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    Harris Teeter, Southern Family Mkts., Sendik’s, Supervalu Named Retail Beef Backers

    Sendik’s Food Markets, Southern Family Markets, Harris Teeter Supermarkets and Supervalu, Inc. have all been named winners of the beef checkoff-funded Retail Beef Backer Awards, which recognize retailers for their commitment to outstanding beef marketing and merchandising programs.

    Sendik’s Food Markets, Southern Family Markets, Harris Teeter Supermarkets and Supervalu, Inc. have all been named winners of the beef checkoff-funded Retail Beef Backer Awards, which recognize retailers for their commitment to outstanding beef marketing and merchandising programs.

    “The Retail Beef Backer Awards highlight the exceptional work retailers do throughout the year to increase beef demand,” said Jim Henger, executive director of marketing for the National Cattlemen’s Beef Association (NCBA), which contracts to manage retail programs for the beef checkoff. “This program is one way beef producers show their appreciation to retailers for their efforts to support our industry.”

    A breakout of the 2009 retail Beef Backers is as follows:

    —Large Chain Retailer: Harris Teeter Supermarkets (194 stores), Matthews, N.C.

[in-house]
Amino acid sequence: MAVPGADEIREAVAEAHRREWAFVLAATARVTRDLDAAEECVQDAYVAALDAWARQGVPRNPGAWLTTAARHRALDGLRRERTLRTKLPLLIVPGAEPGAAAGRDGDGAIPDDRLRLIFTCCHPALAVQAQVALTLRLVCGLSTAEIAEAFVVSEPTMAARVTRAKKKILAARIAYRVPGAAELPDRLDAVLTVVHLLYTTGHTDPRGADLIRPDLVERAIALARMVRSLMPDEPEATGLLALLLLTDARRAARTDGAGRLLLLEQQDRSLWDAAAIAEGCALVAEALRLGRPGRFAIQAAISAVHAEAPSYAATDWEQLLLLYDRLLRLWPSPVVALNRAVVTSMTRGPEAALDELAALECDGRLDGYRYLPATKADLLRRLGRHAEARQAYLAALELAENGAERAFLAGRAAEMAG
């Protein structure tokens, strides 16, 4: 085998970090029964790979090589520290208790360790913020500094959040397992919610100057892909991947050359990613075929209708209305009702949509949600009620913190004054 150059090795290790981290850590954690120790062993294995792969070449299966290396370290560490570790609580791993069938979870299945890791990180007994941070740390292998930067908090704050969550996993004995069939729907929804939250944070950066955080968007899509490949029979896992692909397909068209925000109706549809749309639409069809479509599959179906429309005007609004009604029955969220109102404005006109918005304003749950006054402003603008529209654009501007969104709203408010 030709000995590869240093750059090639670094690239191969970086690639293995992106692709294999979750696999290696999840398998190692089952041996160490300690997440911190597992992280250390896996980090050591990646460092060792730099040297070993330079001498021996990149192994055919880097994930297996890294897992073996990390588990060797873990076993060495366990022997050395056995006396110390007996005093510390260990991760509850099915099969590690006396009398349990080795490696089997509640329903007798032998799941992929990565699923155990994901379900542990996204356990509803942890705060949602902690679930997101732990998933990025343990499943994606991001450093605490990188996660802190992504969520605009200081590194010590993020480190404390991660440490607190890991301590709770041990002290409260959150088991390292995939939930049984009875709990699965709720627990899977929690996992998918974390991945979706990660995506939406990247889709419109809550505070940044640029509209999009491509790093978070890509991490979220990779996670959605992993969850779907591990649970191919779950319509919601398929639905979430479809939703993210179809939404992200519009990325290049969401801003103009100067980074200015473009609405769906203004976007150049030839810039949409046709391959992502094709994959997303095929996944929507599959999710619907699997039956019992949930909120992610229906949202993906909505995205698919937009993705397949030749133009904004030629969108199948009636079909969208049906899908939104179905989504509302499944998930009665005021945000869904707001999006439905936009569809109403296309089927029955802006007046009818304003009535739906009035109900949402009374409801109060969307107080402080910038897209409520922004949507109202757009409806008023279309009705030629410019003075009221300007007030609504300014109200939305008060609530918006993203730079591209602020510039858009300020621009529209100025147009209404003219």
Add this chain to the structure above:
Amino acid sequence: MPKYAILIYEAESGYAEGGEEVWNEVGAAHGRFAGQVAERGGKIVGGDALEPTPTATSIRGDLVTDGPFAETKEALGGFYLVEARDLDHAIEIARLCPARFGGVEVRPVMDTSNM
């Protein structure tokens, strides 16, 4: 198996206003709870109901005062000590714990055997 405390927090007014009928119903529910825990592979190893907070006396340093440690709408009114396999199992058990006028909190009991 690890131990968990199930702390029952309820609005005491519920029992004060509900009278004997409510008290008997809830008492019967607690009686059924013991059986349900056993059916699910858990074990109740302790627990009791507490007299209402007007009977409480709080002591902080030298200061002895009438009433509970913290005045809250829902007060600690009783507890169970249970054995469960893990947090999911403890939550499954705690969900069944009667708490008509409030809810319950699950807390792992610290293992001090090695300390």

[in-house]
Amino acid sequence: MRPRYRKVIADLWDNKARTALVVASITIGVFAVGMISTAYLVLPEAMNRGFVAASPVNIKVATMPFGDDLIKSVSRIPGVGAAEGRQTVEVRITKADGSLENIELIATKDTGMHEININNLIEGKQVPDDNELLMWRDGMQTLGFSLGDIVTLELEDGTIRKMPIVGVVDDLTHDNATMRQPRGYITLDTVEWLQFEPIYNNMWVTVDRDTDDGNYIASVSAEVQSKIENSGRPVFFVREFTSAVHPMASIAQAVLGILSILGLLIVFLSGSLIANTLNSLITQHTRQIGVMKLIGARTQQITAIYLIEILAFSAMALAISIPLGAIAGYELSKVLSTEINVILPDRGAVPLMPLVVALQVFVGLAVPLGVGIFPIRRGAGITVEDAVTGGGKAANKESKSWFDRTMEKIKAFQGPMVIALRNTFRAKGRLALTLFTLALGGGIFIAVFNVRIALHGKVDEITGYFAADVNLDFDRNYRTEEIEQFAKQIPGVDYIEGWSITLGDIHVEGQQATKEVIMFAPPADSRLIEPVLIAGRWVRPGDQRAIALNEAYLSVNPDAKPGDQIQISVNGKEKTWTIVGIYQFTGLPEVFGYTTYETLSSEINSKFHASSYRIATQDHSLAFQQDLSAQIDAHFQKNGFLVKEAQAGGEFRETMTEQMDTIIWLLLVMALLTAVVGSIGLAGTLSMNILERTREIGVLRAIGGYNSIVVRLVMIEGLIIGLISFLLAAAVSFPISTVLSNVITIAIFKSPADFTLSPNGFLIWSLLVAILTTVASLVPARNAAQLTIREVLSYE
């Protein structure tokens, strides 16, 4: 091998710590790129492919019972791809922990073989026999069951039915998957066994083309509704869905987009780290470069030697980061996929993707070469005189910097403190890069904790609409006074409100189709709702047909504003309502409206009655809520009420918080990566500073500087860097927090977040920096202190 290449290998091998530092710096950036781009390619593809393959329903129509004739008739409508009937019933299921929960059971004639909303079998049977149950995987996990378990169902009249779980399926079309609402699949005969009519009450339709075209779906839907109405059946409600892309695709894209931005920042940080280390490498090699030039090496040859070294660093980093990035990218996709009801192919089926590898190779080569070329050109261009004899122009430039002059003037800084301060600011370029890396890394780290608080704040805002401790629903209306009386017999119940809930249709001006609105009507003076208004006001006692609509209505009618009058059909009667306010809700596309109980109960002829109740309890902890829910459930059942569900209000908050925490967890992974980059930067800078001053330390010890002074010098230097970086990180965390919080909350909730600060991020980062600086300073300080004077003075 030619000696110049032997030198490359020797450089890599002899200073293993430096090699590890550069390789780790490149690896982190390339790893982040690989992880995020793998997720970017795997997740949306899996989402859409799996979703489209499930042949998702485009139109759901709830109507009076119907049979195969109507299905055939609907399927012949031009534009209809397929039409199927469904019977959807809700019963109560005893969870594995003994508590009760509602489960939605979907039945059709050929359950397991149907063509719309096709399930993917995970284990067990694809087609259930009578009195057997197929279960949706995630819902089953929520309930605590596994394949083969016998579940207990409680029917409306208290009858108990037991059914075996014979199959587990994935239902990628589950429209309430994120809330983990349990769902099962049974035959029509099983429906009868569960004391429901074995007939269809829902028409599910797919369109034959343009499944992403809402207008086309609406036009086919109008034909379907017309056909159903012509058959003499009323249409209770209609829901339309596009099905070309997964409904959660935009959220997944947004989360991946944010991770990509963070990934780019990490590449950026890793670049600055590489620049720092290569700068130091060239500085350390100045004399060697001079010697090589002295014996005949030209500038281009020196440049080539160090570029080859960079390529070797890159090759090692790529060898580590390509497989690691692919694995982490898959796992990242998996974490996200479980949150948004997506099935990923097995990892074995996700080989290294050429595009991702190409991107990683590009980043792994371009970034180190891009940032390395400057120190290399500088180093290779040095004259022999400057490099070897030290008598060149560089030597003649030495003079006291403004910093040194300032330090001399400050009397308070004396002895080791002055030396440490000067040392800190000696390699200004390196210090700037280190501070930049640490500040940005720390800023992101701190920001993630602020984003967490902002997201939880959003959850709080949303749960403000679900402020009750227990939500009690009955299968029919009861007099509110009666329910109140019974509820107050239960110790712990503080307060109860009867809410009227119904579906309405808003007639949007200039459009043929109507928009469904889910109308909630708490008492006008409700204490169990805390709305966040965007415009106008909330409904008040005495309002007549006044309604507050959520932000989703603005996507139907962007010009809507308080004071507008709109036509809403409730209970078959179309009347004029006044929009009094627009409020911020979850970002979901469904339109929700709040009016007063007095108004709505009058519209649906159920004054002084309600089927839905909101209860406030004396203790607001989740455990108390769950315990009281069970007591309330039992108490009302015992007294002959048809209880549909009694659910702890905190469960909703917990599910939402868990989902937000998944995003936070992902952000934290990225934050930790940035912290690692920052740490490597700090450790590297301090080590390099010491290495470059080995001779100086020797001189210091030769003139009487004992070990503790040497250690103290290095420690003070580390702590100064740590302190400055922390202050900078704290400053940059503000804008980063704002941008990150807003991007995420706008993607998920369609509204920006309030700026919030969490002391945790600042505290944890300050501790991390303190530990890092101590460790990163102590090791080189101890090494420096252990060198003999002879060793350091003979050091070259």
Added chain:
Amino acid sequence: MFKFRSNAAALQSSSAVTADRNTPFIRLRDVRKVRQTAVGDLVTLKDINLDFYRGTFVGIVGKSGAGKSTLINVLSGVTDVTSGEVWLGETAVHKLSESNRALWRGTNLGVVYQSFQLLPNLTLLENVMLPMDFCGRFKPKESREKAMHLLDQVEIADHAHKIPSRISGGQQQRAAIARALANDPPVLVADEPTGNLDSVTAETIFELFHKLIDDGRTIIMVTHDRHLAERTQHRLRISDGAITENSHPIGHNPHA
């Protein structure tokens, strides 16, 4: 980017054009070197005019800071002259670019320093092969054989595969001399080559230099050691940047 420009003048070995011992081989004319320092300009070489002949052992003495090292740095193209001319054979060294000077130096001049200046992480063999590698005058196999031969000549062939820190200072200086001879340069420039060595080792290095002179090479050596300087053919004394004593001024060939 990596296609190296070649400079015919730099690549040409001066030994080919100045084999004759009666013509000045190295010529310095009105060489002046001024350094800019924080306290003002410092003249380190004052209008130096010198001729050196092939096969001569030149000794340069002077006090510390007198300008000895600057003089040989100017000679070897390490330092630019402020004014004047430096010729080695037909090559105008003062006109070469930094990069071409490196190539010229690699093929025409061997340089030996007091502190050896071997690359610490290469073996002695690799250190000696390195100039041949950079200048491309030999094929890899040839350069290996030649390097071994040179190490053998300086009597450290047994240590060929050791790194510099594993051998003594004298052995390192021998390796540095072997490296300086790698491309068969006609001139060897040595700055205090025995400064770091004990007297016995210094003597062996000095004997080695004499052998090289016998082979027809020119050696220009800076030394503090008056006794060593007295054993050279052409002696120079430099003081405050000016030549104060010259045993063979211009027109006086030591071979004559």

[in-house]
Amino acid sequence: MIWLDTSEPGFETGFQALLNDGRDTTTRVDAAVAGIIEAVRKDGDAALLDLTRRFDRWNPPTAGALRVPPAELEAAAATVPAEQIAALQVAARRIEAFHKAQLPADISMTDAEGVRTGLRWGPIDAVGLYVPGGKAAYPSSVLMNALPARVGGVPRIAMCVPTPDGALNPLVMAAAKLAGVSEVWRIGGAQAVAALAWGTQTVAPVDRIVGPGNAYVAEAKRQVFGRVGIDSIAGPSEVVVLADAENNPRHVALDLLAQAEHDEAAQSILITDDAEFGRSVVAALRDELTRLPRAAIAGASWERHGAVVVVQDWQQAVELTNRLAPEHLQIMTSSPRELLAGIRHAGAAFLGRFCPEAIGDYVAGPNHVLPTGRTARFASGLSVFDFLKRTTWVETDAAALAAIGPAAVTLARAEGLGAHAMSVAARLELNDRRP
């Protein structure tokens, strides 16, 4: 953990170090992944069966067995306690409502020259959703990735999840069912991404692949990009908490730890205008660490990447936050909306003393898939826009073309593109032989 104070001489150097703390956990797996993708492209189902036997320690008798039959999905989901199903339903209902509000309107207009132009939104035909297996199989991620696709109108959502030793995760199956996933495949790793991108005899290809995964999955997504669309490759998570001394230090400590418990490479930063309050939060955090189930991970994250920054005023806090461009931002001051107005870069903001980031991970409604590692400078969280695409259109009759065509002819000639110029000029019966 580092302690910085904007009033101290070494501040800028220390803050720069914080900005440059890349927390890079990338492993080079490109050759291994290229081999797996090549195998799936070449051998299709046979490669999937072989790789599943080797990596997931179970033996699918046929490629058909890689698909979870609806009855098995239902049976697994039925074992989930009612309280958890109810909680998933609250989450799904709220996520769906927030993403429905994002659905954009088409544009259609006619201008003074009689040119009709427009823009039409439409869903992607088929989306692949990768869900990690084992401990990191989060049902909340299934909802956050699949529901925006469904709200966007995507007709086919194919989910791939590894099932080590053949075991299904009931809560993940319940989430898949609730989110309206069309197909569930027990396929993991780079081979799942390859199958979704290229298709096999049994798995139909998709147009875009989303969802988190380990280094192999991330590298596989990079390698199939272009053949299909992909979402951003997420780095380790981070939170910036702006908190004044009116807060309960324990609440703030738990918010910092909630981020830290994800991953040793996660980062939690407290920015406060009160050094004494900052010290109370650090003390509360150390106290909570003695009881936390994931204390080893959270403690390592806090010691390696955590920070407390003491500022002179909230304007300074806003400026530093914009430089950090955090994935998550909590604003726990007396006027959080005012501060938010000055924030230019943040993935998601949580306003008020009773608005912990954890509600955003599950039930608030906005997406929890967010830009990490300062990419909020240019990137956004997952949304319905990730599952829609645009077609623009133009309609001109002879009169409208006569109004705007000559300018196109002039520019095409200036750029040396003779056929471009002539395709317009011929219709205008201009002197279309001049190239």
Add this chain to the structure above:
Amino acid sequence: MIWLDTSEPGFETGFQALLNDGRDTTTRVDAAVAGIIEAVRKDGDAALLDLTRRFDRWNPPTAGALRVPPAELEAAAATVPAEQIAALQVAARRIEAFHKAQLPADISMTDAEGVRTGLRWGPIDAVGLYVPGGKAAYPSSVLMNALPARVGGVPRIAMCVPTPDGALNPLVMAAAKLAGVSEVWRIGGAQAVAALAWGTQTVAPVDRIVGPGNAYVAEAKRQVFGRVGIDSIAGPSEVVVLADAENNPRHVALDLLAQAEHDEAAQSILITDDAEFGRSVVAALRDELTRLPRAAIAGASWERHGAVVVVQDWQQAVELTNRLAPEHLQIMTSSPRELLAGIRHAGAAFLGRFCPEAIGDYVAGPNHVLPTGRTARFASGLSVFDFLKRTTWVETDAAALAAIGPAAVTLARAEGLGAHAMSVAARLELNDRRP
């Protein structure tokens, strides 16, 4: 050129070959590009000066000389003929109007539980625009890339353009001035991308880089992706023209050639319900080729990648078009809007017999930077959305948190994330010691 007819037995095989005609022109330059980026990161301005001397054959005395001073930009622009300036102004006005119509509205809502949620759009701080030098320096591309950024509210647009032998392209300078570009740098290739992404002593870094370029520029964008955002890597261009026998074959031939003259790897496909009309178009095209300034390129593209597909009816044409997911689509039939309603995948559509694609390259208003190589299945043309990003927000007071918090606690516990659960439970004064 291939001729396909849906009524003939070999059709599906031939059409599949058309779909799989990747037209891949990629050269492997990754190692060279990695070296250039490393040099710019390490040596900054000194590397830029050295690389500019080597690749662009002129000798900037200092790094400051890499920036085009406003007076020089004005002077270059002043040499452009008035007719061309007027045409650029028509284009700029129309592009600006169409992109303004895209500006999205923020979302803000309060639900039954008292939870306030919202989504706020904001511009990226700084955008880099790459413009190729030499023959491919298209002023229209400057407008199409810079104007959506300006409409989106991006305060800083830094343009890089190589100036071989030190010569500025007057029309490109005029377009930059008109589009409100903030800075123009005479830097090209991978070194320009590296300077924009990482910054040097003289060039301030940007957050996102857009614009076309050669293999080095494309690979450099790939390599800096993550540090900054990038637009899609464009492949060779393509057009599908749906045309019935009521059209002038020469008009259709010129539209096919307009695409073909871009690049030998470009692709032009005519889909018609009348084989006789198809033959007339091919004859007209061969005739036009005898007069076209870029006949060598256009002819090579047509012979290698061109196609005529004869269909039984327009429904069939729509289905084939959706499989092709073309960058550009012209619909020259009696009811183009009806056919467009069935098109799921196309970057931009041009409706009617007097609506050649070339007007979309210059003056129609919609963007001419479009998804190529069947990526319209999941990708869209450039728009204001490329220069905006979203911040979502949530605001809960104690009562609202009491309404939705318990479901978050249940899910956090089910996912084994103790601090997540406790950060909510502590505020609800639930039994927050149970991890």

—Mid-Size Retailer: Southern Family Markets (66 stores), Birmingham, Ala.
    —Independent Retailer: Sendik’s Food Markets (eight stores), Whitefish Bay, Wis.
    —Innovator of the Year: Supervalu, Inc. (2,500 stores), Eden Prairie, Minn., for its launch of their Stockman & Dakota branded beef line.

    Retail Beef Backer Award winners are selected based on their excellent merchandising of beef at the meat case. A third-party judging panel also takes into consideration the retailers’ tie-ins with beef checkoff-funded initiatives such as Middle Meat Mania, Beef Alternative Merchandising (BAM), Hispanic Marketing, Easy Fresh Cooking, Beef Training Camp and Summer Grilling promotions. Applicants are also judged on non-beef checkoff-funded beef promotions that focus on increasing beef demand among their customers. Such programs include outstanding beef promotions, co-marketing promotions and customer education programs.

    The beef checkoff was established as part of the 1985 Farm Bill. The checkoff assesses $1 per head on the sale of live domestic and imported cattle, in addition to a comparable assessment on imported beef and beef products. States retain up to 50 cents on the dollar and forward the other 50 cents per head to the Cattlemen’s Beef Promotion and Research Board, which administers the national checkoff program, subject to USDA approval.

    Consumer-focused and producer-directed, Centennial, Colo.-based NCBA and its state beef council partners make up the marketing organization for the largest segment of the food and fiber industry.

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